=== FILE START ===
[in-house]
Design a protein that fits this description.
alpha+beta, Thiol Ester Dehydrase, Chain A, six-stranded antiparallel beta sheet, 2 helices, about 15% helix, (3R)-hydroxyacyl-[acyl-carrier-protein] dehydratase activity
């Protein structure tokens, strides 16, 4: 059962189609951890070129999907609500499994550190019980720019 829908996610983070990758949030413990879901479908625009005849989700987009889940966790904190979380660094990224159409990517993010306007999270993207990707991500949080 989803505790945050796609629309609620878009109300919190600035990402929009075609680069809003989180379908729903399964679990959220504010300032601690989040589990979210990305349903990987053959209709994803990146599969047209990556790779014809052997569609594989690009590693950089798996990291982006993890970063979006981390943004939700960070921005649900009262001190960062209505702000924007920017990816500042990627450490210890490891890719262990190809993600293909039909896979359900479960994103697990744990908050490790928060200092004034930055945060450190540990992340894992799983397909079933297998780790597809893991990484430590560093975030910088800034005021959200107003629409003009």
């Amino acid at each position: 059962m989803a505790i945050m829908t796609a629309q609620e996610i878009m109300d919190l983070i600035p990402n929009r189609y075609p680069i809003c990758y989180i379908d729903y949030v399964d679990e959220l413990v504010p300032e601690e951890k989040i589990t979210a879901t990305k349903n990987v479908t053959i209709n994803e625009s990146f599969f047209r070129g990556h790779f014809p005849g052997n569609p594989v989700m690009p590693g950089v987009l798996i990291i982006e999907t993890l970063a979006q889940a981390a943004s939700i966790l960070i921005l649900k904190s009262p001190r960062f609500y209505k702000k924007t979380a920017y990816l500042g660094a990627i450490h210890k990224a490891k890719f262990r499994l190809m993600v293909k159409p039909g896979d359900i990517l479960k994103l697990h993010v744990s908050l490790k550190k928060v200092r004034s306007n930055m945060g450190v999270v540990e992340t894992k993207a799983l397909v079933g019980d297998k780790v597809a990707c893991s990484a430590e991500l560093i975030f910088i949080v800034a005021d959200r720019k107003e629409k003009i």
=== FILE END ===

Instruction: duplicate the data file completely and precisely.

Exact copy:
[in-house]
Design a protein that fits this description.
alpha+beta, Thiol Ester Dehydrase, Chain A, six-stranded antiparallel beta sheet, 2 helices, about 15% helix, (3R)-hydroxyacyl-[acyl-carrier-protein] dehydratase activity
């Protein structure tokens, strides 16, 4: 059962189609951890070129999907609500499994550190019980720019 829908996610983070990758949030413990879901479908625009005849989700987009889940966790904190979380660094990224159409990517993010306007999270993207990707991500949080 989803505790945050796609629309609620878009109300919190600035990402929009075609680069809003989180379908729903399964679990959220504010300032601690989040589990979210990305349903990987053959209709994803990146599969047209990556790779014809052997569609594989690009590693950089798996990291982006993890970063979006981390943004939700960070921005649900009262001190960062209505702000924007920017990816500042990627450490210890490891890719262990190809993600293909039909896979359900479960994103697990744990908050490790928060200092004034930055945060450190540990992340894992799983397909079933297998780790597809893991990484430590560093975030910088800034005021959200107003629409003009």
């Amino acid at each position: 059962m989803a505790i945050m829908t796609a629309q609620e996610i878009m109300d919190l983070i600035p990402n929009r189609y075609p680069i809003c990758y989180i379908d729903y949030v399964d679990e959220l413990v504010p300032e601690e951890k989040i589990t979210a879901t990305k349903n990987v479908t053959i209709n994803e625009s990146f599969f047209r070129g990556h790779f014809p005849g052997n569609p594989v989700m690009p590693g950089v987009l798996i990291i982006e999907t993890l970063a979006q889940a981390a943004s939700i966790l960070i921005l649900k904190s009262p001190r960062f609500y209505k702000k924007t979380a920017y990816l500042g660094a990627i450490h210890k990224a490891k890719f262990r499994l190809m993600v293909k159409p039909g896979d359900i990517l479960k994103l697990h993010v744990s908050l490790k550190k928060v200092r004034s306007n930055m945060g450190v999270v540990e992340t894992k993207a799983l397909v079933g019980d297998k780790v597809a990707c893991s990484a430590e991500l560093i975030f910088i949080v800034a005021d959200r720019k107003e629409k003009i």